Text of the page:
Interview 18


Dr. Kildare Plays Hamlet

Richard Chamberlain, actor's actor, has finally shaken off the ghost of Dr. Kildare. But now he has another ghost to contend with -Hamlet's daddy. And you know, Richard couldn't be happier.

Birmingham is a grimy British industrial town, famous as the producer of most of the world's bicycles and most of Britain's cars. But famous for culture it isn't. However, it does support one repertory theater, and two years ago they put on a production of Hamlet. And who should be playing the role of Hamlet but an American, and not a Shakespearean actor either, but Richard Chamberlain, the young, blond heartthrob of TV's Dr. Kildare. And he was so good in the part that NBC is putting on a special two-hour Hamlet this winter starring the former M.D.

"Hamlet is the part I wanted almost more than any part I have ever read," Richard said in London, where he now lives most of the year. "When I started rehearsing I was in a state of shock. If the other actors had been beastly, I'd have understood. They'd a right to be upset if someone without their experience came in and played such a role. But amazingly, the company didn't resent me -they were marvelously kind and helpful. By the end, I think I was giving a reasonably straightforward reading. Maybe it's good to come fresh to Shakespeare." This modesty is amazing when you consider that, as Dr. Kildare, Richard was fabulously successful, earned a huge salary and had a fan mail intake which broke all previous studio records.

"I enjoyed that," Richard admitted, "because all actors love to be adored. That's why they do it."

Yet in Birmingham his salary was only $100 a week, and at present, instead of living in his beautiful house high in the hills of Los Angeles, he has a tiny apartment in the middle of London.

"I do miss the sun and I miss my house, which I'm very fond of. It isn't a large house, just two bedrooms, but it's all quite beautiful, with wood beams. And I miss my friends," he admits. But then he adds, "I love England and I love its people. I think the people here live more inside themselves than we do. They're a bit gentler, a bit more vulnerable. But I haven't given up America. My ideal would be to spend half a year in each country."

And how did Richard manage the radical transformation from Dr. Kildare to Hamlet, from being considered a teenage heartthrob to being taken seriously as an actor? "The image of Dr. Kildare is exactly how I was when I began the series," he says. "I was young in years and younger still in personality, and conscious of a certain responsibility to the image -you know, trying to give the picture of a clean-cut, clean-living, rather innocent young American fellow."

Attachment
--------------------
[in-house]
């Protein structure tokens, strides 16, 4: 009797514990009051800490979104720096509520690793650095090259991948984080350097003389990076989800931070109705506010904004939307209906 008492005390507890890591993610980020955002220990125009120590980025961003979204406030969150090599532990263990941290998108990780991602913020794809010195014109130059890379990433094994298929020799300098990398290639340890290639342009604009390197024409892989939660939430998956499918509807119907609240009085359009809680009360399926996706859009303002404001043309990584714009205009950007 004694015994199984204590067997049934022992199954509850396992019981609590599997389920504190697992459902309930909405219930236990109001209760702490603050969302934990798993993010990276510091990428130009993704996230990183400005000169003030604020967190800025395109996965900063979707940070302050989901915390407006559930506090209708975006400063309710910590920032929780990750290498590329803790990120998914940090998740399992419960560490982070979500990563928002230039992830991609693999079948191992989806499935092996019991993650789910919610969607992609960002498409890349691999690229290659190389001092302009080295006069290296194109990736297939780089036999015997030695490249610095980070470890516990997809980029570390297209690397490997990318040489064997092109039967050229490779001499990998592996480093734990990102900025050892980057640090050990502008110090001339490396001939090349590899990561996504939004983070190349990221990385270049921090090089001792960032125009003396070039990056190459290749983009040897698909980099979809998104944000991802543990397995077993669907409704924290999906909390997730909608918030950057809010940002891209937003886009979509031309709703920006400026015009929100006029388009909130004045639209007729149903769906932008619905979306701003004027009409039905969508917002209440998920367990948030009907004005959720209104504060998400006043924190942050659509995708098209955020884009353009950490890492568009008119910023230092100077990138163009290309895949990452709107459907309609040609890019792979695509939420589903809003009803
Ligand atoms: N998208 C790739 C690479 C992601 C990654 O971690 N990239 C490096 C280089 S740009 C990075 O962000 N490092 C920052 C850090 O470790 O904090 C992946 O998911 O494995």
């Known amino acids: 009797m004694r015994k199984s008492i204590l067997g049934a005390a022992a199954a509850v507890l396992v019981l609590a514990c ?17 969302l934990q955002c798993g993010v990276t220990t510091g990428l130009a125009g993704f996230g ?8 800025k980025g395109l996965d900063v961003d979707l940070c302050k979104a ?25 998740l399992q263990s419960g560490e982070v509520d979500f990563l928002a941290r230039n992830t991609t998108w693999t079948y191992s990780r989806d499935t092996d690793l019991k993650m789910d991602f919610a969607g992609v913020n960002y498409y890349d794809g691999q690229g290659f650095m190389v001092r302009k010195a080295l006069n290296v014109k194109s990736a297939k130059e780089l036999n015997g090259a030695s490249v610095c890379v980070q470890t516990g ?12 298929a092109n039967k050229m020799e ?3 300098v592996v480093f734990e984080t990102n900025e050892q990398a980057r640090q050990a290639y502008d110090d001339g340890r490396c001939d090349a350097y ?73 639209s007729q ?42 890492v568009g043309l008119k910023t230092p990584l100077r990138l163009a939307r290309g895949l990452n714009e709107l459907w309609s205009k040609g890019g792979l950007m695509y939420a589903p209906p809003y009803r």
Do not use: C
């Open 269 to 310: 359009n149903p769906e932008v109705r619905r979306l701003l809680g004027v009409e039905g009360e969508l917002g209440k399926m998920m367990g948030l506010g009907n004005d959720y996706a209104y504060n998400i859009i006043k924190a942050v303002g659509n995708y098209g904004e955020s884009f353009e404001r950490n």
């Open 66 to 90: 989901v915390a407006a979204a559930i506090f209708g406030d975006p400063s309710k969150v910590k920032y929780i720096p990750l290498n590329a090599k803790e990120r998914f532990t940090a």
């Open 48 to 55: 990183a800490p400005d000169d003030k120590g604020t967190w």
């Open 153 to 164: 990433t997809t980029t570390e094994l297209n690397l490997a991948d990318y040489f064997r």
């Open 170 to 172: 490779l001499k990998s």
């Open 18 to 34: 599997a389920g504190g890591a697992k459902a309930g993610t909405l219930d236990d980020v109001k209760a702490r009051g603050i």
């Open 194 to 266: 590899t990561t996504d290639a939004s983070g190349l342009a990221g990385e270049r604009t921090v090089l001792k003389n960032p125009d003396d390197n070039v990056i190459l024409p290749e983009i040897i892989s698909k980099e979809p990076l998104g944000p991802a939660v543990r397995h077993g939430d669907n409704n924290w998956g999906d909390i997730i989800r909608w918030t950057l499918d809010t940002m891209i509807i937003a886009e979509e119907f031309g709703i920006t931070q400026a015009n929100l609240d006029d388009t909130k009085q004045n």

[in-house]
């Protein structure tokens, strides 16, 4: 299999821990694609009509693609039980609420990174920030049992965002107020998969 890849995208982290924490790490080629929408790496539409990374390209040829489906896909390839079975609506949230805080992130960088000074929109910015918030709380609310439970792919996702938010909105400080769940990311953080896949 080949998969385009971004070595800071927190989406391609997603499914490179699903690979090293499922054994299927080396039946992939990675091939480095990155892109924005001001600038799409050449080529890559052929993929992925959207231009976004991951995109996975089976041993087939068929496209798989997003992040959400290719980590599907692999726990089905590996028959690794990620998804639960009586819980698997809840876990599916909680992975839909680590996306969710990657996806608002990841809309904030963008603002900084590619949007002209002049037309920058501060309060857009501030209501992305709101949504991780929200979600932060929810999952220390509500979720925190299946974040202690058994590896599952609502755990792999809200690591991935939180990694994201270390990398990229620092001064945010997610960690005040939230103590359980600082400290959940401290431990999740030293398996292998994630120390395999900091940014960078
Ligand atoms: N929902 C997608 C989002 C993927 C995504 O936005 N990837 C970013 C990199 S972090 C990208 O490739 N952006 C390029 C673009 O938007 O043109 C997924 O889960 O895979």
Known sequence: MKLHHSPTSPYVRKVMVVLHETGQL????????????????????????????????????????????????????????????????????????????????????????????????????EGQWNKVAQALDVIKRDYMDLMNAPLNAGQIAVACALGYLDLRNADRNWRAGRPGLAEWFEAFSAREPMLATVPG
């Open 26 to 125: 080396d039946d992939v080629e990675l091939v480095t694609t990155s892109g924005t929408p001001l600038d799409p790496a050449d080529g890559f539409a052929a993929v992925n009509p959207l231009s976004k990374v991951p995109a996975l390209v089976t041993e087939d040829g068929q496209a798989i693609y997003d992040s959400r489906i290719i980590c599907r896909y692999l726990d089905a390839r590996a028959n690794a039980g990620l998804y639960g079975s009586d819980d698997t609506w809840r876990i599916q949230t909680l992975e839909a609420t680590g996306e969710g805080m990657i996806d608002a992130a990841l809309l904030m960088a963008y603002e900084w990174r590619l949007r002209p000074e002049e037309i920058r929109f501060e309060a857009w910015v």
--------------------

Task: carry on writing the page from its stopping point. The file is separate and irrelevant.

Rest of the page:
"Dr. Kildare was a prig, and it was agony speaking to the press because I always had to say everything was lovely and beautiful and true. As I grew up, he didn't, so I couldn't either, properly, until the series was over."

But after the series was over he really started to take stock of himself and what he wanted from his career. "I had very little experience before Kildare, so I had to do some of my basic training after. Kildare was hard work and marvelous training, but after five years I thought Id rather exhausted its possibilities for learning."

He began to look around for ways to expand his range as an actor, and not just go on doing television, although he was offered other series and admits that "it would have been very easy to continue on in television." Instead Richard took the difficult step of doing summer stock in the East and Middle West, playing in The Philadelphia Story, Private Lives and West Side Story. He also made his first movie, Petulia, with Julie Christie and George C. Scott. "Petulia was sort of the first step out in a new direction," he recalls. "All relationships in Petulia went wrong because the people weren't able to feel deeply enough to make them work."

But he also recalls that Julie Christie, personally, was a warm and giving person to act with. Richard played her impotent and sadistic husband, a far cry from the priggish Dr. Kildare! After Petulia he made the move to England.

"There were opportunities in other series," Richard admits, "but I felt the need of expanding my experience as an actor and I thought that theater and films were the places to do it. Also, I had heard about England and its repertory companies and that it's easier to get training as an actor there."

So he flew to England. "I seemed to fit in from the start," Richard says. "Id been here before, staying with friends, and was flattered when one of them told someone, 'We like him because he's a Quiet American.' Well, the first time I came on business I got the part of Ralph in Portrait Of A Lady, and this was a great turning point for me." His taking this part surprised most people since Ralph was not the leading character in the 5-part television serial but the charming, frail cousin of the heroine, who dies before the end of the story. Richard was a great success in it, and he declares, "People saw it and I got offered other things. Before, a lot of people thought I couldn't act."